Spastic paraplegia due to recessive or dominant mutations in ERLIN2 can convert to ALS.
Neurol Genet. 2019-11-13; 5(6): e374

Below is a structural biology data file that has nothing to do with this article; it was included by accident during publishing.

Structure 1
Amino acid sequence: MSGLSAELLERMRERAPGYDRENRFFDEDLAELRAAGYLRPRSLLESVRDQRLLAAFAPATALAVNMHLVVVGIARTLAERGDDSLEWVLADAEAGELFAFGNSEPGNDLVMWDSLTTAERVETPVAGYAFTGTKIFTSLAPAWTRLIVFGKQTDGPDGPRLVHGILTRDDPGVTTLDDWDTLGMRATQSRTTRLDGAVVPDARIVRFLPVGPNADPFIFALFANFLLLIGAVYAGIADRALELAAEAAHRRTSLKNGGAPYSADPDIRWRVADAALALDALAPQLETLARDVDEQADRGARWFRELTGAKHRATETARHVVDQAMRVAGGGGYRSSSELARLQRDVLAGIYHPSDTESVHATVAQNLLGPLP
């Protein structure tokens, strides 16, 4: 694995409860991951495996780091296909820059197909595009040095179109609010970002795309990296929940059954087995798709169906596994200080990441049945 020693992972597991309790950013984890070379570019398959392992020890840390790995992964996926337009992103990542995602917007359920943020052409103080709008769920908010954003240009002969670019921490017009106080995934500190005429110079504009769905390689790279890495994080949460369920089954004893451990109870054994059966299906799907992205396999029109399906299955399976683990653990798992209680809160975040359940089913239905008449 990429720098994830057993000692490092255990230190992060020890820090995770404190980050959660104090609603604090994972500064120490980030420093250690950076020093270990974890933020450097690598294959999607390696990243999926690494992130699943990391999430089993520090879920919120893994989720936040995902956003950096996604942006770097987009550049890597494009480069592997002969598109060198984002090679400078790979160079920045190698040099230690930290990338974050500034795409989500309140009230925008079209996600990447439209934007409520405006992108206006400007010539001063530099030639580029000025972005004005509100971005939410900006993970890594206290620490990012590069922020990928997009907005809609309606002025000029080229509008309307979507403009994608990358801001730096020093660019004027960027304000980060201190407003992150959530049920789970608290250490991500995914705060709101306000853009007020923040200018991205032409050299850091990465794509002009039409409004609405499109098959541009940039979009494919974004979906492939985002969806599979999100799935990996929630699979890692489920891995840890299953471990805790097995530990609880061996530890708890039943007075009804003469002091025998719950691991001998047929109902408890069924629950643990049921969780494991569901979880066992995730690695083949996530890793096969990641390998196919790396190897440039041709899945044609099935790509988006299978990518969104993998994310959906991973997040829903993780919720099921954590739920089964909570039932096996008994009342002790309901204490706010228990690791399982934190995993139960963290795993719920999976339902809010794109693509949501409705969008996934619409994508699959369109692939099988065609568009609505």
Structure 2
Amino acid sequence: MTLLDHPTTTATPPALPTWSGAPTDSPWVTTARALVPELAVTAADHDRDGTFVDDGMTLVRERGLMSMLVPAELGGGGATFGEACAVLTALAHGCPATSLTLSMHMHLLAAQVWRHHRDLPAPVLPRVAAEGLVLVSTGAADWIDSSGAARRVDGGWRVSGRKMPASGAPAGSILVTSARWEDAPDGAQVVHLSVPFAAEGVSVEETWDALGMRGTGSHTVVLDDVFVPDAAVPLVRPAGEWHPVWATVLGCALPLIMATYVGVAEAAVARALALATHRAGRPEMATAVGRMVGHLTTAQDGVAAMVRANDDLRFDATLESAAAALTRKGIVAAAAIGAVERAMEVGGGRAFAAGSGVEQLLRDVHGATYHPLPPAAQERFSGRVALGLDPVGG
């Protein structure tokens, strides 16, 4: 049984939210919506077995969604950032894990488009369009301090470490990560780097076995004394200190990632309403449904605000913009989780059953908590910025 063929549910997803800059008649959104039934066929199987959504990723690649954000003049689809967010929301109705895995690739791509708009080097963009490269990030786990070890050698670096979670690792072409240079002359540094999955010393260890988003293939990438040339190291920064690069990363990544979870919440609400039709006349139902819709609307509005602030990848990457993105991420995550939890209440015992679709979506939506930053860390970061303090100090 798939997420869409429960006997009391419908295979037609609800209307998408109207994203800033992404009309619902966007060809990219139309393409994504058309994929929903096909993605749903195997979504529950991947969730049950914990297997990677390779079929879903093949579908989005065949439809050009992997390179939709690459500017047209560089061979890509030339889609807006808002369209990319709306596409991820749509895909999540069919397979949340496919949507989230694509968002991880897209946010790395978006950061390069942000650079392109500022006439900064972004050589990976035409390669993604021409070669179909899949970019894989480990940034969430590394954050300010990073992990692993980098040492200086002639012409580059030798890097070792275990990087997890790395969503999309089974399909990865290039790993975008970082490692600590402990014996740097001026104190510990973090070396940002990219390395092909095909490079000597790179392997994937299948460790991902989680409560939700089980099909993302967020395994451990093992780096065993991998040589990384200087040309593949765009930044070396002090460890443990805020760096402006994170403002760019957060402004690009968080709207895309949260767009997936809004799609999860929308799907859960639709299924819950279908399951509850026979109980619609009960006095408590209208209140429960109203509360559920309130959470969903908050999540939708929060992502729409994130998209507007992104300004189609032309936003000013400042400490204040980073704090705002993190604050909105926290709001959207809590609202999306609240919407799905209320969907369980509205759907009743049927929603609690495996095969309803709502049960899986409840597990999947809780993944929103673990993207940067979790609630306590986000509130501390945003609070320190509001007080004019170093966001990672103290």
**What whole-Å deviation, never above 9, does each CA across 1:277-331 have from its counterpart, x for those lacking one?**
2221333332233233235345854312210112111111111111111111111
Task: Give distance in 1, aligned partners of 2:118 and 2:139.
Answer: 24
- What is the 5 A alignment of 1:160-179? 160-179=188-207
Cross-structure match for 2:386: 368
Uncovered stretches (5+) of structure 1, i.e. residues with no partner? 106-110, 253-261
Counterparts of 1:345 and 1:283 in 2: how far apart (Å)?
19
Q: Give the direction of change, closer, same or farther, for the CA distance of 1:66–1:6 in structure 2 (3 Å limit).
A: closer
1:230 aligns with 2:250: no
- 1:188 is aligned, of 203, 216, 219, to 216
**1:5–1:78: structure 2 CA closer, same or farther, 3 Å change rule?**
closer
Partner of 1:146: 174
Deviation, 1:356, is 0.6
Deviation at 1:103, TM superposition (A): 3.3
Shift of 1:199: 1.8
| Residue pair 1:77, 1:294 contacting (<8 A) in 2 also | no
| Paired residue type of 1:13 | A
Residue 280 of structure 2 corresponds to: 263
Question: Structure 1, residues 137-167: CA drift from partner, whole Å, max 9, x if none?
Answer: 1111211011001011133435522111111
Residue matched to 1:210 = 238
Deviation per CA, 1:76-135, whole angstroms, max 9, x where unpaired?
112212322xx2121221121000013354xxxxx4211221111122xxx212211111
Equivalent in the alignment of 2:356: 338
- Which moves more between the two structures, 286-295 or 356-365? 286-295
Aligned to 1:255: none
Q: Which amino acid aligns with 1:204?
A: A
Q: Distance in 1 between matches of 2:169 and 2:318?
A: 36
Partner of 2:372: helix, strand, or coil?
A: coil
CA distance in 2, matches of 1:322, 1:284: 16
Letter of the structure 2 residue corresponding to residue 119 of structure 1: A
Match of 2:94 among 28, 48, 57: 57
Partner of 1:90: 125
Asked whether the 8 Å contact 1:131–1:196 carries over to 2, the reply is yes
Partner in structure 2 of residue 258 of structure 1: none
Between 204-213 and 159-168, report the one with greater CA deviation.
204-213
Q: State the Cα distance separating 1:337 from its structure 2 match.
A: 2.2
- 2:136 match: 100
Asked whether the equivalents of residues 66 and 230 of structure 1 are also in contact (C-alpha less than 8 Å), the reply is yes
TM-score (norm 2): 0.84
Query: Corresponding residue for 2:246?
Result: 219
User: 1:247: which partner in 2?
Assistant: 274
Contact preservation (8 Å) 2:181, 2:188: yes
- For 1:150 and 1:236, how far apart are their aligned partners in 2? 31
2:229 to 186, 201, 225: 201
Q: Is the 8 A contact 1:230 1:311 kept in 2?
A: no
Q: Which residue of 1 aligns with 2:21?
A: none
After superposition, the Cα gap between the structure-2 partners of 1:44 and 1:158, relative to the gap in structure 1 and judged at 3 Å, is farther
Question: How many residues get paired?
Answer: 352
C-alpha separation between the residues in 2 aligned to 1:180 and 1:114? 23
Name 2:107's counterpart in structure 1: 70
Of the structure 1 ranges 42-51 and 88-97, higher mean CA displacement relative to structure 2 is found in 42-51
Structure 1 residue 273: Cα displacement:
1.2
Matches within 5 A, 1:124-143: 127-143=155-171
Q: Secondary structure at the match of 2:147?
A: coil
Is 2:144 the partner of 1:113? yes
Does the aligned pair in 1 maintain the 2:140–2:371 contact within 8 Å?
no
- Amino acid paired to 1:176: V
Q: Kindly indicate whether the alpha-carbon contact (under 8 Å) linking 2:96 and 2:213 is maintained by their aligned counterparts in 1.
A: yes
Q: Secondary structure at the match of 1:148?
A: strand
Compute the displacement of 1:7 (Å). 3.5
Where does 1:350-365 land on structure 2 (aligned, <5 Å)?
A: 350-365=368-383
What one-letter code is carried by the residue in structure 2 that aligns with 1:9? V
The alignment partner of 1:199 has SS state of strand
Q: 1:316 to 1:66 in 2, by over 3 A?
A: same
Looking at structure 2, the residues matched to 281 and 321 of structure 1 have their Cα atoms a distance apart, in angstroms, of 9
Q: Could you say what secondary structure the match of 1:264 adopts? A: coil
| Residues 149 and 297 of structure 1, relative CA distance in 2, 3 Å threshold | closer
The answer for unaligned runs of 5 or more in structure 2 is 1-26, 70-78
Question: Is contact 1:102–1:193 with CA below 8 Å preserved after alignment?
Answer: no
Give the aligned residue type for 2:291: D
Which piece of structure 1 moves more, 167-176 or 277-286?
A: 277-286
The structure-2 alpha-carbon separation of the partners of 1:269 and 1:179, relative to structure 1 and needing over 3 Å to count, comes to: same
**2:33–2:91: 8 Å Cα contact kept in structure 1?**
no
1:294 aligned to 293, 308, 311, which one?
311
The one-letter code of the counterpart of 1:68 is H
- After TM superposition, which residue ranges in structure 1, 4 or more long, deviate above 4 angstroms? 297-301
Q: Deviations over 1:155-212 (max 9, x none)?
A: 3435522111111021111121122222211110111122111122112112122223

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ObjectiveThe aim of this study was to evaluate whether mutations in ERLIN2, known to cause SPG18, a recessive hereditary spastic paraplegia (SP) responsible for the degeneration of the upper motor neurons leading to weakness and spasticity restricted to the lower limbs, could contribute to amyotrophic lateral sclerosis (ALS), a distinct and more severe motor neuron disease (MND), in which the lower motor neurons also profusely degenerates, leading to tetraplegia, bulbar palsy, respiratory insufficiency, and ultimately the death of the patients.MethodsWhole-exome sequencing was performed in a large cohort of 200 familial ALS and 60 sporadic ALS after a systematic screening for C9orf72 hexanucleotide repeat expansion. ERLIN2 variants identified by exome analysis were validated using Sanger analysis. Segregation of the identified variant with the disease was checked for all family members with available DNA.ResultsHere, we report the identification of ERLIN2 mutations in patients with a primarily SP evolving to rapid progressive ALS, leading to the death of the patients. These mutations segregated with the disease in a dominant (V168M) or recessive (D300V) manner in these families or were found in apparently sporadic cases (N125S).ConclusionsInheritance of ERLIN2 mutations appears to be, within the MND spectrum, more complex that previously reported. These results expand the clinical phenotype of ERLIN2 mutations to a severe outcome of MND and should be considered before delivering a genetic counseling to ERLIN2-linked families.